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Thomas Tylston Greg to Walt Whitman, 16 December 1888

My dear Sir:

I should like, if I can do so without impertinence, to send you my grateful thanks for the, almost, new feeling or sense which you and the Leaves of Grass have endowed me. You have, through them, infused into my life and into the lives of many others, a fresher, healthier happiness than we knew of—and we thank you. I send you a paper1 which I read in October last in Warrington, Lancashire, and let my sincerity and enthusiasm be my excuse for the utter inadequacy of treatment of a subject I both love and revere. We English are learning each year to know you better and to value you more. The Harvest of the Leaves is not I fear quite ready—but when it is, and the day is not far off—assuredly the laborers will not be few. May you live to learn the truth of this. I remain, my dear sir, with grateful thanks,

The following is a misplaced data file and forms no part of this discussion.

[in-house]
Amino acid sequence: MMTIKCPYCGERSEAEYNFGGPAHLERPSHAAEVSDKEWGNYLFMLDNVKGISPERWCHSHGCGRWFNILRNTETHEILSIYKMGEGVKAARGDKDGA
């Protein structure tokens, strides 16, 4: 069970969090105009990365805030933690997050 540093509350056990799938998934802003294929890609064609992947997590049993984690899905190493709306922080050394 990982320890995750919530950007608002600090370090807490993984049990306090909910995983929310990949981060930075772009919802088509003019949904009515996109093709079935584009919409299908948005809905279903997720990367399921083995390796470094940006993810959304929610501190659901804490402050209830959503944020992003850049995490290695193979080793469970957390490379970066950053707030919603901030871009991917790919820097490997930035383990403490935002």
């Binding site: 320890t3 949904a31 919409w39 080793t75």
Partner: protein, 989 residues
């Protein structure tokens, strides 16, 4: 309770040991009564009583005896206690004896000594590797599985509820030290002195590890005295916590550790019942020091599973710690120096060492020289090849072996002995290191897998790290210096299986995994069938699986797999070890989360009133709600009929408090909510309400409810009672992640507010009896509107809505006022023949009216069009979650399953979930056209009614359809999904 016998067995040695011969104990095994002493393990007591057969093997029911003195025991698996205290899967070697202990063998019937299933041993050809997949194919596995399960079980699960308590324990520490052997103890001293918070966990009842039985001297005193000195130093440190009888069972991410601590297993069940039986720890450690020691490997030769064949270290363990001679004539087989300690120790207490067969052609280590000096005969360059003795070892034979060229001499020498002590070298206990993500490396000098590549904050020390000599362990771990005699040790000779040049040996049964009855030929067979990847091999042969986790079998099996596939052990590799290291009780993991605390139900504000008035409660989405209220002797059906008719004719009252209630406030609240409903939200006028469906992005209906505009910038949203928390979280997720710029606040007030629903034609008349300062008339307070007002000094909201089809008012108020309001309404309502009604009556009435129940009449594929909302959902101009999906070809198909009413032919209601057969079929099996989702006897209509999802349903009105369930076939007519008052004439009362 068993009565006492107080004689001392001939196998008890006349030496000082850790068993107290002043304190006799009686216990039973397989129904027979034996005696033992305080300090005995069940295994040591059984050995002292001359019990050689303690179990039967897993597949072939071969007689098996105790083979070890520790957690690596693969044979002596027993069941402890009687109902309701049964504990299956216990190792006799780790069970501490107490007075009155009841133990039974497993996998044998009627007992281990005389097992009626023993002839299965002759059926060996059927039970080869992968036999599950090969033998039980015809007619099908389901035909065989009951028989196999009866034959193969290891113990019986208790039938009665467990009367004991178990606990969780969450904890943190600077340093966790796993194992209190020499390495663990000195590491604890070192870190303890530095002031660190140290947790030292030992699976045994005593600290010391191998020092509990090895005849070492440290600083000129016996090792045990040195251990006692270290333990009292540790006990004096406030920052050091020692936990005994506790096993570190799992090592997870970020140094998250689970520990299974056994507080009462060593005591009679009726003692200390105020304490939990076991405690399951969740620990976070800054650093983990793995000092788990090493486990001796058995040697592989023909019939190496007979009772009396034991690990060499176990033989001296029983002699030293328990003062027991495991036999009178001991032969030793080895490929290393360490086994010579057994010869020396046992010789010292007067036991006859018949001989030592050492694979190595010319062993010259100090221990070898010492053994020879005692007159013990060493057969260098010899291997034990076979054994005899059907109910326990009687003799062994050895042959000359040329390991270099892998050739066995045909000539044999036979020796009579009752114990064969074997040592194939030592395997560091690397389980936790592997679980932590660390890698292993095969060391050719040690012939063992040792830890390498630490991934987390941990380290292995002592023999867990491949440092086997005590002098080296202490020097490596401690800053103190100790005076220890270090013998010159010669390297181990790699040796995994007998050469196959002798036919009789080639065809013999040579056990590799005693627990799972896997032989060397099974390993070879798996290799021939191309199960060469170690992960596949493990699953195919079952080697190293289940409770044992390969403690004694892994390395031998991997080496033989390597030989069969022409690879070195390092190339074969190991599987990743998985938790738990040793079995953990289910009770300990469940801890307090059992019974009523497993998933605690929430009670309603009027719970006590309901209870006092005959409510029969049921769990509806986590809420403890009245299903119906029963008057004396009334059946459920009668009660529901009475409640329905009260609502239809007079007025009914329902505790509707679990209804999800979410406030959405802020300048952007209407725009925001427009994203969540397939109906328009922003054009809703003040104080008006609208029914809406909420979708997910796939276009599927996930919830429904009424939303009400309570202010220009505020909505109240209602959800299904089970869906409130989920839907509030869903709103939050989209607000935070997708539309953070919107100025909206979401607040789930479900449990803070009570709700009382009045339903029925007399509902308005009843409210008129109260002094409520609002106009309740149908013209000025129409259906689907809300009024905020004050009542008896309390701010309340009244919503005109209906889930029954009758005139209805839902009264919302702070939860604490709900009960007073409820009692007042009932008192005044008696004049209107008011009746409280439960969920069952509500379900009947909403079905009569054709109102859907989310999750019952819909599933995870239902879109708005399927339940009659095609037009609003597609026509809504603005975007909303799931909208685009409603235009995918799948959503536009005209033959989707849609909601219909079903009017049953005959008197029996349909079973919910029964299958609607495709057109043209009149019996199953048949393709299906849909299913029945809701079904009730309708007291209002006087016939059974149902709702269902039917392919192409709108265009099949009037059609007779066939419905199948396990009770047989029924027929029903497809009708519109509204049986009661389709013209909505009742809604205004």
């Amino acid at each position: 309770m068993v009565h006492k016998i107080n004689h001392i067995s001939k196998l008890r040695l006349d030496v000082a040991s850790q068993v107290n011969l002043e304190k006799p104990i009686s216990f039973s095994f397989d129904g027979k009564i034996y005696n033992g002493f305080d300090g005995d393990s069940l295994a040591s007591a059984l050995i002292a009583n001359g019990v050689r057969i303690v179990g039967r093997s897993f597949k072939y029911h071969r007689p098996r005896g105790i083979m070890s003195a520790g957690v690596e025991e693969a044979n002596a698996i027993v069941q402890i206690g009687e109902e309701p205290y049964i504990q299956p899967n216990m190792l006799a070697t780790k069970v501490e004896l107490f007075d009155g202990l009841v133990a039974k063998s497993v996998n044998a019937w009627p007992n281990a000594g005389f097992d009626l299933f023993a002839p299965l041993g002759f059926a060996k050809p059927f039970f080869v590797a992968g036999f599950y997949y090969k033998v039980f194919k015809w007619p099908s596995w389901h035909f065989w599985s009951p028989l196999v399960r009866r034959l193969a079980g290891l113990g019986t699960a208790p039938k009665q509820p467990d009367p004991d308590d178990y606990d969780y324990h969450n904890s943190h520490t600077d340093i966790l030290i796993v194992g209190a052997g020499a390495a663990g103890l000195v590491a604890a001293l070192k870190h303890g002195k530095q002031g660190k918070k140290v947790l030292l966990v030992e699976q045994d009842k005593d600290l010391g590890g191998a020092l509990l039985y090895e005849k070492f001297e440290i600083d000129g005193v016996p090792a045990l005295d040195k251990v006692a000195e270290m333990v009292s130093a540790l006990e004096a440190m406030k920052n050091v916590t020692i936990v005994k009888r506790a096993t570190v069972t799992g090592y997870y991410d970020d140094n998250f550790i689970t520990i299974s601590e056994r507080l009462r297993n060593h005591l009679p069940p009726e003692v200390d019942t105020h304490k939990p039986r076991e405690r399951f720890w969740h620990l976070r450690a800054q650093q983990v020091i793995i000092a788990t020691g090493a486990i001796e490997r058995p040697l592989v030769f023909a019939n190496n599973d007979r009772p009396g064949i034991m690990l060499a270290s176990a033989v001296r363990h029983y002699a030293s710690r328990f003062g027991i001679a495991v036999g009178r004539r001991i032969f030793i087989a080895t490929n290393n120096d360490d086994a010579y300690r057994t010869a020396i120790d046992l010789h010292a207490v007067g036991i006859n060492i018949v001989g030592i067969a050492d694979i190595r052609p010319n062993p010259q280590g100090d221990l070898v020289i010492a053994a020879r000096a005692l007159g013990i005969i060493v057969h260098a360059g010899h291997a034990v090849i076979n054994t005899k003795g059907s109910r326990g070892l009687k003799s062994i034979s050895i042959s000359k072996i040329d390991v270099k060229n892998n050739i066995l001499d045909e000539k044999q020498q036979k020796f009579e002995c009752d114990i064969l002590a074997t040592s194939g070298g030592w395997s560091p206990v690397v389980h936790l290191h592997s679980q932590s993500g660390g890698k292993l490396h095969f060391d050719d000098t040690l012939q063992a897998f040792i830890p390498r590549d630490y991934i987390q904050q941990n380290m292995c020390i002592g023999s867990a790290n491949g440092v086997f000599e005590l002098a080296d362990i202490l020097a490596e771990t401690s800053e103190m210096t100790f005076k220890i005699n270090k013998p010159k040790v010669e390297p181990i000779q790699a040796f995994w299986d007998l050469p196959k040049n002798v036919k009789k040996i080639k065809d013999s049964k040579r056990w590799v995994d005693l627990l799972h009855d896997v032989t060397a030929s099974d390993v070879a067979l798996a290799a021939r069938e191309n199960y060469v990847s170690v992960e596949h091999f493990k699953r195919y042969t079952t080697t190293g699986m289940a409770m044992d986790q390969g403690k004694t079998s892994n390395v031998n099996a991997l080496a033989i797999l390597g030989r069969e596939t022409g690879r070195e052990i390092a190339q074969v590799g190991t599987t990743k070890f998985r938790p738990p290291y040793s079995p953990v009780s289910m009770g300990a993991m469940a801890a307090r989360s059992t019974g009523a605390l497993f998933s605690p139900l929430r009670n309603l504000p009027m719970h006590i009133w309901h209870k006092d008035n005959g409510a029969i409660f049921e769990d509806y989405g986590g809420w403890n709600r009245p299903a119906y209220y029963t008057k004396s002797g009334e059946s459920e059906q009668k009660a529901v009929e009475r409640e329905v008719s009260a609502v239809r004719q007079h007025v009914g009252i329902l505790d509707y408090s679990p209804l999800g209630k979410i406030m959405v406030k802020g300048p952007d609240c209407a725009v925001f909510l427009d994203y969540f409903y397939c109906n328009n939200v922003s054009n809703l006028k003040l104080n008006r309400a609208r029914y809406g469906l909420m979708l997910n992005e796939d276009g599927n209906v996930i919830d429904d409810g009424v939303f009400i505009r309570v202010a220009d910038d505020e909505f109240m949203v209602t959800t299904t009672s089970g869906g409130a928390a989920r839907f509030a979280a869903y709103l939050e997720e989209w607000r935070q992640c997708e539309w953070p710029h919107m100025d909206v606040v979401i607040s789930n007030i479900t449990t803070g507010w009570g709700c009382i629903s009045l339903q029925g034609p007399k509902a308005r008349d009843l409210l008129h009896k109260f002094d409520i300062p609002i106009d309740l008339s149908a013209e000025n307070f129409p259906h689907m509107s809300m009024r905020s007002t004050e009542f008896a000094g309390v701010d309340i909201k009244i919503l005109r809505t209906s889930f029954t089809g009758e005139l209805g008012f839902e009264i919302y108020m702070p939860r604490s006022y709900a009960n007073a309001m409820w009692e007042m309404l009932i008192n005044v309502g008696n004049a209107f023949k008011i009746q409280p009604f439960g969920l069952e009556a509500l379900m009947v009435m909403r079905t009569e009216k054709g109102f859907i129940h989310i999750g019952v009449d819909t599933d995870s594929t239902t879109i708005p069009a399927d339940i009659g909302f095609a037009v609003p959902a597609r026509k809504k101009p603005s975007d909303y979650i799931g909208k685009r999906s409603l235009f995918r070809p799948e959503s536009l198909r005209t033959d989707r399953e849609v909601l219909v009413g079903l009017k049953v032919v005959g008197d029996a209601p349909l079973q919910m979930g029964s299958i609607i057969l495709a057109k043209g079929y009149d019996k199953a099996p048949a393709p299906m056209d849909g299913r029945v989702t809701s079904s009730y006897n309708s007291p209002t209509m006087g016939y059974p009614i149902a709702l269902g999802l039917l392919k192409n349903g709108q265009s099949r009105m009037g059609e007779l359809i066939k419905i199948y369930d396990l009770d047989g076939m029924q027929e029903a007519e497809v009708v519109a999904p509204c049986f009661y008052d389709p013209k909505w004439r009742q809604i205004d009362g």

Thomas Tylston Greg.

Thomas Tylston Greg (1858–1920) was from a wealthy mill owning family in Styal, Cheshire, England. He worked as a solicitor and collected pottery, which he later donated to the Manchester Art Gallery. He was also the author of the collection of essays Through a Glass Lightly: Confession of a Reluctant Water Drinker (1897).


  • 1. The paper was published as a pamphlet, which Greg enclosed with his letter: Walt Whitman, Man and Poet: a paper delivered before the Society on the 16th October, 1888 (Warrington: Warrington Literary & Philosophical Society, 1888). See also Horace Traubel, With Walt Whitman in Camden, Monday, December 31, 1888. [back]
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